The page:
Bogey avoidance is a byproduct of missing in the right spots and Johnson continues to thrive there, too, so at a demanding, not-for-everyone course where concentration is king, he looks to have a much better chance than the price implies.
The reason he's on offer at 80/1 is that winless run which dates back to 2015, but all of Johnson's best Sawgrass form has come when he's been approaching his peak throughout the spring and that's very much the case yet again. I expect him to play really well.
Billy Horschel is a Dye-loving, Florida-living recent winner, having landed the Zurich with Scott Piercy, but the early birds have left very little of the worm behind and I can let him go at the price, while Chris Kirk's eye-catching form and course record aren't enough to overlook some deep-rooted putting woes.
Instead, I like the idea of backing Patrick Cantlay to follow home Si-Woo Kim as a top-class prospect winning this event when not at the top-end of the market.
Kim had been 23rd on debut when a poor final round saw him drop down the leaderboard, before returning to put four together in a display of poise which belied his inexperience.
Cantlay, then, was 22nd on his professional Sawgrass debut last year and his was an even more eye-catching display, as he sat fifth at halfway and seventh with a round to go only to struggle on Sunday with a disappointing 77.
That was still very early in Cantlay's return to the PGA Tour, by far the most prestigious event he'd played in, and it came about because of a nightmare stretch of four holes approaching the turn, but one year on and he's a winner who made it all the way to the TOUR Championship, one who is much better equipped to go through with his effort.
Seventh place last time in the Zurich Classic of New Orleans doesn't really interest me as a worthwhile form guide, but I do like the fact that he again teamed up with Patrick Reed, as playing alongside the Masters champion and in the heat of the media glare is another lesson which this enormous talent will put to use over the coming weeks and months.
It can't hurt that Reed said "nothing seems to phase this guy - he's got ice in his veins" when it comes to another injection of confidence, but truth be told cocksure Cantlay doesn't need that reinforcement and he's been playing well all year, bar a rare missed cut (his first since returning to the top level) at Augusta.
Prior to the Zurich, he played beautifully for seventh in the RBC Heritage, despite an unruly putter, and that was his first full-field PGA Tour start since fourth place in the Genesis Open at Riviera in February which was followed by two decent WGC displays.
An outstanding ball-striker who thrives when there's some thought required, something we saw at Copperhead last year, Cantlay is good enough around the greens to avoid serious mistakes and, like Spieth, he knows Sawgrass better than you might think having gone well in the Junior PLAYERs here in the past.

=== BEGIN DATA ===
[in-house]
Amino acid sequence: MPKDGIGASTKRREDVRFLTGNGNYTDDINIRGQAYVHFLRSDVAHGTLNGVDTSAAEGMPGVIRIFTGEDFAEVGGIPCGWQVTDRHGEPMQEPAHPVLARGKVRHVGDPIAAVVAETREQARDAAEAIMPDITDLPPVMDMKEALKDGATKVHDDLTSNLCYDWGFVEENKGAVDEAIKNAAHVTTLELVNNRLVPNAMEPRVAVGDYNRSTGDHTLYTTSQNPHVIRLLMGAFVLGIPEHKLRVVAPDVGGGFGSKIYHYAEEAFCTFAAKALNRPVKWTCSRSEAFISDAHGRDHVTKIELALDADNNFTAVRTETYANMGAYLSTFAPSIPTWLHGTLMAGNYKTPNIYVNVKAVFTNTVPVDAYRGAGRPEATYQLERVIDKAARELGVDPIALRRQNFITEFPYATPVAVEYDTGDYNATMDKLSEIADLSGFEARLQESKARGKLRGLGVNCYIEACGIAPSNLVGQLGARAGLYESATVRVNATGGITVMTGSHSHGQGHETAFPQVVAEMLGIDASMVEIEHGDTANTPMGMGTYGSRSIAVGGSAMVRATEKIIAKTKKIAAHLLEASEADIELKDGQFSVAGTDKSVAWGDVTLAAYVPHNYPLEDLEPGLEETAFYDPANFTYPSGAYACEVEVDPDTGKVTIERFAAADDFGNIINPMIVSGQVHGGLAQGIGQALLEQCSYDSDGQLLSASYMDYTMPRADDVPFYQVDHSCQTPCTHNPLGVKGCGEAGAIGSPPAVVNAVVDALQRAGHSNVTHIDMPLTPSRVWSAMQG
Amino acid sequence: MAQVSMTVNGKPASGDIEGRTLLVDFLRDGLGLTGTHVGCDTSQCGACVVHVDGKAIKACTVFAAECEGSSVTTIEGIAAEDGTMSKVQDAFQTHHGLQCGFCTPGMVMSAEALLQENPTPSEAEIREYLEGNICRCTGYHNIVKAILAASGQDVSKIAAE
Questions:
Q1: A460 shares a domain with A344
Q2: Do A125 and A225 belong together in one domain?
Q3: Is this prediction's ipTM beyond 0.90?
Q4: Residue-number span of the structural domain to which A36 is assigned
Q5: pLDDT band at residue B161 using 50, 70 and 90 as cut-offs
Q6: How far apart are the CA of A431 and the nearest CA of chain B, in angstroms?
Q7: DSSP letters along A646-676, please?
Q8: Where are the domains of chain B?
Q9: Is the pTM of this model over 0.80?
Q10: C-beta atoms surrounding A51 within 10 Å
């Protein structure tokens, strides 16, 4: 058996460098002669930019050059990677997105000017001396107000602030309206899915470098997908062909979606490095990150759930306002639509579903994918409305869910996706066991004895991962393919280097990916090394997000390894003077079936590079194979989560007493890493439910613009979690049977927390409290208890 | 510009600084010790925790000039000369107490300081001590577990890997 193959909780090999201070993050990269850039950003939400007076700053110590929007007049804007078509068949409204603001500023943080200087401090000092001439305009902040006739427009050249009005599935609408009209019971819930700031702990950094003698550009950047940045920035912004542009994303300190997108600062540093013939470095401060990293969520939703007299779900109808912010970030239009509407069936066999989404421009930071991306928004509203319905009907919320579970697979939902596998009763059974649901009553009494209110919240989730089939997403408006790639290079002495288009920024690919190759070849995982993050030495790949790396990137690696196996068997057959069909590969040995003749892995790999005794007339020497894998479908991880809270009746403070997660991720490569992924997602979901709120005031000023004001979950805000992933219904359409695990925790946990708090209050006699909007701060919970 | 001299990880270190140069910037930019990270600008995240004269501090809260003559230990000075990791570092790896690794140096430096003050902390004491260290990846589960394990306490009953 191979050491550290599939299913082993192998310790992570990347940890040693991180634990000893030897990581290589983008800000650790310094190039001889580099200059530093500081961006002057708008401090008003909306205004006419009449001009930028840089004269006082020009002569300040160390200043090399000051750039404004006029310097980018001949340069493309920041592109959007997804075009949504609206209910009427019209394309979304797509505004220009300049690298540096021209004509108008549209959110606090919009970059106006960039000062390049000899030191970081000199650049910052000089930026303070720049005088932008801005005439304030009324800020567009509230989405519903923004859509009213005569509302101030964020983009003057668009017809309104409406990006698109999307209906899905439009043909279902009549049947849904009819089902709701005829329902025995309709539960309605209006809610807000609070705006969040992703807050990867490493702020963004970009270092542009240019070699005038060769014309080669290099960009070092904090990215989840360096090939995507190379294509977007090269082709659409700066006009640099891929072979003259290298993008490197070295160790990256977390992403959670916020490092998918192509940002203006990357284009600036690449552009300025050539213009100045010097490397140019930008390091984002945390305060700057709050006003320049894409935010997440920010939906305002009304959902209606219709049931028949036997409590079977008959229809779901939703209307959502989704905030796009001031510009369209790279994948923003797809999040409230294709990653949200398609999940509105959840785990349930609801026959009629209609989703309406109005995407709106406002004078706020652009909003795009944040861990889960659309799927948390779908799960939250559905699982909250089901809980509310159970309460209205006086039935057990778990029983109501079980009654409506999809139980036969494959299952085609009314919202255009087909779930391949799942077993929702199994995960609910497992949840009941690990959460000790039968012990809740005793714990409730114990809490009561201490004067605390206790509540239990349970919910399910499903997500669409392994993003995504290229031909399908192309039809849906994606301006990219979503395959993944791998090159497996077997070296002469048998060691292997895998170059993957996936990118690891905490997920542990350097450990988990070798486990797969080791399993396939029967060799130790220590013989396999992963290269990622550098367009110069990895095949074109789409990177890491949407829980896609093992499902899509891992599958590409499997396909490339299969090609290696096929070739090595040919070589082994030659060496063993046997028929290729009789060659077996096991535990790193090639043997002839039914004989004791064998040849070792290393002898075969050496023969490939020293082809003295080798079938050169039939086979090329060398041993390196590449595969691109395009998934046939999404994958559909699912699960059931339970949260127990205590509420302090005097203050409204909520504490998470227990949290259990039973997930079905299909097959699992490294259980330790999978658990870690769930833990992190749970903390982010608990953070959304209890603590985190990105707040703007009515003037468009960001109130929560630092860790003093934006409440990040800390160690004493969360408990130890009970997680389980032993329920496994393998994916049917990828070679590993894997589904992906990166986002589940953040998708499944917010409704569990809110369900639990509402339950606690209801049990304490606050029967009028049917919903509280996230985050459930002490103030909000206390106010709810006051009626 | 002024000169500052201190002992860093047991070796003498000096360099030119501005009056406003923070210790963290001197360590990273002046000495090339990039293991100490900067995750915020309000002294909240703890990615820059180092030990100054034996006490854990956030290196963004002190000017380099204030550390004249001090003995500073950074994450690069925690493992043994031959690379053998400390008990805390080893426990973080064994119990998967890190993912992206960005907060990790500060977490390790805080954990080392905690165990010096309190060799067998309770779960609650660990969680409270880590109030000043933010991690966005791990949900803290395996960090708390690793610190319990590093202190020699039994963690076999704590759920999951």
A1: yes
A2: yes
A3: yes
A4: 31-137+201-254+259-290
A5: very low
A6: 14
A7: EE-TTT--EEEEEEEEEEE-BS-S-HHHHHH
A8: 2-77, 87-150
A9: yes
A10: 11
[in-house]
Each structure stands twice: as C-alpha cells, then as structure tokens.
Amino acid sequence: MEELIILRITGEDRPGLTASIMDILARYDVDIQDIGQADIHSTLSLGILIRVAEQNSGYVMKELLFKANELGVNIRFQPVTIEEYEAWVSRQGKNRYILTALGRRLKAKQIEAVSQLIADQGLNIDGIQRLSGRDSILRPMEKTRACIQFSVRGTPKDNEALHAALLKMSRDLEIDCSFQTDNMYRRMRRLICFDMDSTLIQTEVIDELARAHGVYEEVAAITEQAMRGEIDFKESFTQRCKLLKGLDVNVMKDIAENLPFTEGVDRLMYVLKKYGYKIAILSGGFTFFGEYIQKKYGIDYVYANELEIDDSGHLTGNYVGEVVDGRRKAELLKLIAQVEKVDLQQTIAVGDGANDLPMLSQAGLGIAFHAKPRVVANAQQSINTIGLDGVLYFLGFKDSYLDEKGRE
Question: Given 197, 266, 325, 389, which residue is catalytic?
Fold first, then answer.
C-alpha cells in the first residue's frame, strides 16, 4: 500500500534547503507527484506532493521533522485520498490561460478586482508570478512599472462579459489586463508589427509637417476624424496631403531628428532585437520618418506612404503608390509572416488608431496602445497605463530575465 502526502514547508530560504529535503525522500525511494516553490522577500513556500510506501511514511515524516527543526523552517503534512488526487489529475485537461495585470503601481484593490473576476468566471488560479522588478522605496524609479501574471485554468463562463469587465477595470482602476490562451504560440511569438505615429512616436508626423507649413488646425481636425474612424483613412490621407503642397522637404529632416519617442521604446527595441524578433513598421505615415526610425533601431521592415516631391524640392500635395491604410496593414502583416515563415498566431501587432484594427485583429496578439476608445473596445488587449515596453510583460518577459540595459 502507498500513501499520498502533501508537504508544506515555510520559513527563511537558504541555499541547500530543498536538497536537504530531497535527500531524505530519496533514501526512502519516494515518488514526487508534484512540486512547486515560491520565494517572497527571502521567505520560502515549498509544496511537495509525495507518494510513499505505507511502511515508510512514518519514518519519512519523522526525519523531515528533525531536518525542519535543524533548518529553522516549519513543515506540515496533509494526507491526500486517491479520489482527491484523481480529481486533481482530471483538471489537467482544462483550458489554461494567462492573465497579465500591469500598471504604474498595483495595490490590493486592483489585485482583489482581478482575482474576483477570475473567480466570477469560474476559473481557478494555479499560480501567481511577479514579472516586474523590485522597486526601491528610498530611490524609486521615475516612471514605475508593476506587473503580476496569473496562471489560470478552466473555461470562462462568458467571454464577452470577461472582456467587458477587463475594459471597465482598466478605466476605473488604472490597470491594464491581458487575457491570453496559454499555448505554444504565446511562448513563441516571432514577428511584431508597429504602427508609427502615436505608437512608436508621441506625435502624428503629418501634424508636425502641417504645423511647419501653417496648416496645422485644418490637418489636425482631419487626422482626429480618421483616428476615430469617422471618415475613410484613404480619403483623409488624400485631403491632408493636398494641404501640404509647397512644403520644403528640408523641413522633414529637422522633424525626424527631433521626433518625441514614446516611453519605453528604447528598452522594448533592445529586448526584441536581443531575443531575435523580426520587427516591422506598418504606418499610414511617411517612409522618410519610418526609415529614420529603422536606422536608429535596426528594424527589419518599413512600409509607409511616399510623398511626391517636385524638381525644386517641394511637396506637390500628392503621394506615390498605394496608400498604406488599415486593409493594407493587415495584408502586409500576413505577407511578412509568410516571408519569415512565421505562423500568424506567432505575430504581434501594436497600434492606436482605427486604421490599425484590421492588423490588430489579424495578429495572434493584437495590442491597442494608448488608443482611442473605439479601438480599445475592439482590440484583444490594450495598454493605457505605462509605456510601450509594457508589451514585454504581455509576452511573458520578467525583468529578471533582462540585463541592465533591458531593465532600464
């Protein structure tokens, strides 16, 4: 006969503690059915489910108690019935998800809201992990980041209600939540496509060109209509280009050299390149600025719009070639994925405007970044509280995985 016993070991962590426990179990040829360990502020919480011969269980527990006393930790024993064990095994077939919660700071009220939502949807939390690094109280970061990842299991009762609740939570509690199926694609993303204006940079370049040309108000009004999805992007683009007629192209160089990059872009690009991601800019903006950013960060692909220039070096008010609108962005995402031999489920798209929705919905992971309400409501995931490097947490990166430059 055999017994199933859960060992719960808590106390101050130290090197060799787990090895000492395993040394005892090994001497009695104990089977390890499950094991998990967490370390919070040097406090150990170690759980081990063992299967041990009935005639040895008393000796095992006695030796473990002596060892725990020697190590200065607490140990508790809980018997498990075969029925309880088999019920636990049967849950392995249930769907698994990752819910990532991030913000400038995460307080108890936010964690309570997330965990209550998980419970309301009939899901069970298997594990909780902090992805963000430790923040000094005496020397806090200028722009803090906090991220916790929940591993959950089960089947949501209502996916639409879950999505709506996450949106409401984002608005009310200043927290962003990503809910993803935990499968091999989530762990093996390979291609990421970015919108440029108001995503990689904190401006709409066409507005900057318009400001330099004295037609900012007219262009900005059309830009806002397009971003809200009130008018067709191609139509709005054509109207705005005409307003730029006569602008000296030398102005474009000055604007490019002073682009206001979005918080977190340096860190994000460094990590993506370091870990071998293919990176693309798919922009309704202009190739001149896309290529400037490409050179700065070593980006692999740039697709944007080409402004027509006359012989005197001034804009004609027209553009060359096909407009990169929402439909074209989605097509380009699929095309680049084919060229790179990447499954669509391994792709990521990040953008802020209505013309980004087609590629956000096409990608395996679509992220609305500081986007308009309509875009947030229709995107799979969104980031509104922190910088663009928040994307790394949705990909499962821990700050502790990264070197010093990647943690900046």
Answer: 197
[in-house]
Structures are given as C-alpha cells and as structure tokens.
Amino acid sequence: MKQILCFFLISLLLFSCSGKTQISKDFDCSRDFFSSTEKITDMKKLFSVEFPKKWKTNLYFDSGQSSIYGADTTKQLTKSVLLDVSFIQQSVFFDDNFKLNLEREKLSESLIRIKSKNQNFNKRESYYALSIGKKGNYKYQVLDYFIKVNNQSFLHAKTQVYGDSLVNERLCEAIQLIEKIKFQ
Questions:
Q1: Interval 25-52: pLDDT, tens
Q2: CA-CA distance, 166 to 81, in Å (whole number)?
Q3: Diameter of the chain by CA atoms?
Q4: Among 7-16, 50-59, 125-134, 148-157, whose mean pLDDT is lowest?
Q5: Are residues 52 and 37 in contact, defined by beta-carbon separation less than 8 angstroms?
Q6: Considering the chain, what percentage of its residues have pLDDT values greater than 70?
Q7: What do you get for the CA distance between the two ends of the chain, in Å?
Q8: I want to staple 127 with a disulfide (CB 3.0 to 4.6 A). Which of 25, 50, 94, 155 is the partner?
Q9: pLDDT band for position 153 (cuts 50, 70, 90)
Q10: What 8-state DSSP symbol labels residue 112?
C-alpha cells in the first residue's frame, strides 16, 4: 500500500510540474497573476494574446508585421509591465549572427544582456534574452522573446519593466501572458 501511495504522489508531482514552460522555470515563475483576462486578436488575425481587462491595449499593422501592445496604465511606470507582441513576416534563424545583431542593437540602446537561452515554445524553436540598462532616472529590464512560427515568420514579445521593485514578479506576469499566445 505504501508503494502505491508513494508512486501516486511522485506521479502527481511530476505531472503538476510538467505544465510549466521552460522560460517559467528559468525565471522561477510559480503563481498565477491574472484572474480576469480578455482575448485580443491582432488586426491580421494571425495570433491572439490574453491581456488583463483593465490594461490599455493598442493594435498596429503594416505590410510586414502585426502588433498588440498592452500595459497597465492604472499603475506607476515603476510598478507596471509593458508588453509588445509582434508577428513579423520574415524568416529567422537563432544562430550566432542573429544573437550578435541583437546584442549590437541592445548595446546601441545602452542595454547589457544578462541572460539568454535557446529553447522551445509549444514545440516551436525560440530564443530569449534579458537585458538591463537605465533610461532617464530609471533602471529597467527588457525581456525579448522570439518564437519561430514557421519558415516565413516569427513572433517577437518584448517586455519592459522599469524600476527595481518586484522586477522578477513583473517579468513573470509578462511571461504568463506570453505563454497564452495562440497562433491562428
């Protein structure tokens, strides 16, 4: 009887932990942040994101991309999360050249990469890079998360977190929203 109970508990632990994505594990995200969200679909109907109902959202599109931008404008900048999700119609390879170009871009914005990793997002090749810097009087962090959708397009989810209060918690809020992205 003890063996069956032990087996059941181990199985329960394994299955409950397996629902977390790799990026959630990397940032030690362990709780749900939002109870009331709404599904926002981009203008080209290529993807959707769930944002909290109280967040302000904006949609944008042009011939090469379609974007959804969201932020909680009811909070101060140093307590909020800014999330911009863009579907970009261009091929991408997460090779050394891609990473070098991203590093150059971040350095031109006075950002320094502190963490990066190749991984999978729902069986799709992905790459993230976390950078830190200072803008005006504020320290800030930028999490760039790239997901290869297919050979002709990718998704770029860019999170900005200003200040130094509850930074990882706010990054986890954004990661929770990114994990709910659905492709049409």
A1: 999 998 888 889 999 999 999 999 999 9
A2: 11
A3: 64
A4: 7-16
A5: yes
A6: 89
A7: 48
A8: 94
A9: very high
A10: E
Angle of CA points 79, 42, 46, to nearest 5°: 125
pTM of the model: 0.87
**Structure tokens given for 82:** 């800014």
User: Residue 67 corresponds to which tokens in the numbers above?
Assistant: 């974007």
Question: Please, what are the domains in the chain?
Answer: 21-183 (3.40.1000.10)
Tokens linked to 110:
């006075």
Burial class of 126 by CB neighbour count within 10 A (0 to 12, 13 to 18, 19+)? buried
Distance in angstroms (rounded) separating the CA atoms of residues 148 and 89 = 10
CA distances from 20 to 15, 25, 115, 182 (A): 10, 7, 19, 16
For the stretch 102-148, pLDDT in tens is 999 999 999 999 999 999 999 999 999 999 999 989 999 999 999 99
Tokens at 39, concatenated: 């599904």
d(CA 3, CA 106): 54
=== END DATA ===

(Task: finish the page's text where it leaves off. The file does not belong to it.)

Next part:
Now a Florida resident who is definitely capable of landing a big prize this year, he is worth a bet at prices north of 50/1.
Kevin Streelman and Branden Grace both look like they could outperform their prices despite one or two negatives and they also go in the staking plan.
For Streelman, the negative is that he missed the cut at Quail Hollow last week, but I was struck by how much of a bombers' paradise that course appears to have become and would rather judge short-hitting Streelman on his form earlier in the season.
Prior to the Wells Fargo, he'd putted well for a top-10 finish at the Heritage and putted poorly for a top-10 finish in Texas, continuing to show the quality tee-to-green play which has produced such consistent results over the last year or so.
Granted, he would be a surprise winner of this prestigious title, but there have been plenty of those in the past and Streelman at least has winning Dye form, having taken the Travelers Championship with a remarkable burst of scoring back in 2014.
His other victory came in Florida at the Valspar Championship, form which stacks up well here at Sawgrass, and Streelman demonstrated as much by finishing second here the same year behind Tiger Woods, a performance generated by his ball-striking.
If you're willing to forgive last week, as I am, then he looks a player more than capable of showing his best and that puts him in the conversation - even in a field as strong as this one.
As for Grace, my primary concern is that he hasn't played since the Masters, especially as the pick of his winning form has come when he's been fully wound up.
However, with that negative comes a positive - the reason for his absence from the course is that he became a father for the first time at the end of April, and as we saw with Andrew Landry in Texas, that can have an immediate and positive impact for the right person.
Never would I make a case solely around the so-called nappy factor, though, and the big reason for liking Grace is that he's got strong Dye form which includes a win at Harbour Town and third at Whistling Straits, while here at Sawgrass he's yet to miss a cut in four starts and was set for a debut top-15 until throwing away six shots over the closing four holes.
Last time was saw him in action, Grace finished with a flourish for 24th at Augusta - just about as good as you'd expect him to perform at a course which really isn't made for him - while earlier this spring he bagged a top-10 finish at the Valspar Championship as he continues to sit on the fringes of contention and ready to contend.
Whistling Straits in particular has been a good guide to this event and with close friend Louis Oosthuizen having been second here last year, I can see Grace producing a similar display if fatherhood does conjure a step forward on his past PLAYERS exploits, rather than a step backward.
The absence itself shouldn't be too big a concern as he was second off a four-week break in the Scottish Open a few years ago, and has twice hit the frame in the US Open after a month away. As with so much of his form, those efforts suggest that Sawgrass is a course he can work his way around and the price is big enough to take on board those risks.
Finally, I've had Tiger Woods in mind for this for a while now and not even a birdie-free Sunday at Quail Hollow has put me off.
Common consensus used to dictate that Woods isn't really suited to Sawgrass and that was once true, but his game is different now to a decade and a half ago and I just wonder whether it stacks up much better for this test.
Woods won here by two shots on his penultimate visit, remember, and I'd much rather side with him on a course where he doesn't have to reach for the driver, even if he did show one or two signs of improvement with it at Quail Hollow.
When last the PGA Tour was in Florida, Woods sprang to life with form figures of 12-2-5, twice having a genuine chance to win, and the quality of his approach play and scrambling make him a massive player this week if the putter improves just slightly.
Posted at 1745 BST on 07/05/18.